Age-Related Macular Degeneration Awareness
The leading cause of permanent central vision loss for adults over the age of 65 is age-related macular degeneration, or AMD. The CDC estimates that 1.8 million Americans over the age of 40 have AMD, and another 7.3 million are at risk for developing AMD. February is AMD Awareness Month, so let’s take a closer look at what AMD is.
AMD can develop naturally during the aging process, and it affects the macula, a tiny spot on the center of the retina. The macula is the most sensitive part of the retina and is filled with millions of light-sensing cells; the macula is what provides you with sharp, clear vision in the center of your visual field. You read fine print and see sharp details using the macula. If deposits called “drusen” form under the macula, the macula can thin out and stop functioning correctly. This is called “dry AMD” and is the most common form of AMD. Another form of AMD is known as “wet AMD”; this is caused by blood vessels growing abnormally beneath the retina and leaking blood. Wet AMD affects about 10% of people with AMD, and it progresses faster and causes more damage than dry AMD. Both types of AMD can begin in one eye and may progress to the other eye. AMD does not usually cause total blindness.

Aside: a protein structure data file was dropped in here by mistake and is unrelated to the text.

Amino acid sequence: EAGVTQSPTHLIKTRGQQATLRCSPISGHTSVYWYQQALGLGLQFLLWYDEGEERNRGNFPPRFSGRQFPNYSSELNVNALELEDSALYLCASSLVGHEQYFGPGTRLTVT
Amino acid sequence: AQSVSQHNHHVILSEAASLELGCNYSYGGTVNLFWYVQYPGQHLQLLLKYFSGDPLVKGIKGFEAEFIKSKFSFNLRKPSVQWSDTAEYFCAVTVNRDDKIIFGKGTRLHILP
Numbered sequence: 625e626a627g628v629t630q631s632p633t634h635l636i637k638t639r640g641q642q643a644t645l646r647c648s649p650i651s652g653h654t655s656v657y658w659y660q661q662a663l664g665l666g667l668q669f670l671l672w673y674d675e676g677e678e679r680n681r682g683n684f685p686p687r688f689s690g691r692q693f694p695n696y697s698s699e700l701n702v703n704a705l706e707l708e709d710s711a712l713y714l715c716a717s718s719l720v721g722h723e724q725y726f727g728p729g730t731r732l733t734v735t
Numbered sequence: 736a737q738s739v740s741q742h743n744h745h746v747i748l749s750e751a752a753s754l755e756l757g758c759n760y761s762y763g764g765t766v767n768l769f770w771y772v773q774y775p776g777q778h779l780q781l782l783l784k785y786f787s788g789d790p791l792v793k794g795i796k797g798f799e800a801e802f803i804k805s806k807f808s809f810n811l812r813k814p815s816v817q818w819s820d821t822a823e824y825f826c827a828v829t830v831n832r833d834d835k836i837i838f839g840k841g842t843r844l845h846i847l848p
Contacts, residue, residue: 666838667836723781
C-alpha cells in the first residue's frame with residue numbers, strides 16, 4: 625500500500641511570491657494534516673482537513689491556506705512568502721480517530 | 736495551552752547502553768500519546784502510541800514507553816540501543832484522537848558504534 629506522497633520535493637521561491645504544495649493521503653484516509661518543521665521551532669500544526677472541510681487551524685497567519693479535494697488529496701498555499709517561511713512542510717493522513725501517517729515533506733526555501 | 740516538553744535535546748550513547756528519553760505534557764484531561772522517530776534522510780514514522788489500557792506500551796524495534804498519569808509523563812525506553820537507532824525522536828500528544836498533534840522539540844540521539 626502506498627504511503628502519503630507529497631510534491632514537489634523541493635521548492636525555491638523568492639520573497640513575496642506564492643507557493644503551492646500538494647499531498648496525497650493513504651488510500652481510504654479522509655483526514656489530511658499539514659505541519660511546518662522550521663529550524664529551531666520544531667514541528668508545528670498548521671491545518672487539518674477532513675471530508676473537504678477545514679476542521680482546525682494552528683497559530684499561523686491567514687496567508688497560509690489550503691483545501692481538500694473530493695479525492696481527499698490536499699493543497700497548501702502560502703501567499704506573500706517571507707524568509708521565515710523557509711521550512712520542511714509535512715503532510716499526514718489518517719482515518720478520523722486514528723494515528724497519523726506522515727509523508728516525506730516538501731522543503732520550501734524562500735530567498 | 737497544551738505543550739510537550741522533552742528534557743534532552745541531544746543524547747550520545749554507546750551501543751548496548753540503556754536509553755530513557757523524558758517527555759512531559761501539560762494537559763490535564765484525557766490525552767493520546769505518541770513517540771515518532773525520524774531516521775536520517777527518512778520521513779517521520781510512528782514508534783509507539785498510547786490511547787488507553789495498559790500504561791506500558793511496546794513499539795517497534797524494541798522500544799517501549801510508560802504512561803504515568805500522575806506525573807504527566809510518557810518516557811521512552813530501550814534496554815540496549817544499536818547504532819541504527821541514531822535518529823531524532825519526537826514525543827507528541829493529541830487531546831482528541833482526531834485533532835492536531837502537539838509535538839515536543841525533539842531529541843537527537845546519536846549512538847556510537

Supplements and Therapy options offer Hope
There is no treatment for AMD in the early stages, and there is no cure available for vision loss due to AMD. However, researchers involved with the Age-Related Eye Disease Studies (AREDS and AREDS2) have found that the progression of AMD can be slowed in the intermediate or late stages by taking certain vitamins and minerals. There are over-the-counter supplements available based on the results of these trials. Look for supplements that list lutein and zeaxanthin on the label. Wet AMD can also be treated with laser therapy, direct injections of drugs into the retina, and photodynamic therapy. Photodynamic therapy involves injection of drugs into the arm; the drugs then travel to the blood vessels in the eyes and are activated by a light shone into the eyes.
Lower your Risk for AMD
The risk of AMD can be lowered or its progression slowed by certain lifestyle choices. Avoid smoking, maintain normal cholesterol levels and blood pressure, exercise regularly, and eat a healthy diet rich in leafy greens and fish. And make sure to visit your eye doctor regularly because there are no symptoms in early and intermediate stages of AMD; only an eye exam can detect it towards the beginning of the disease.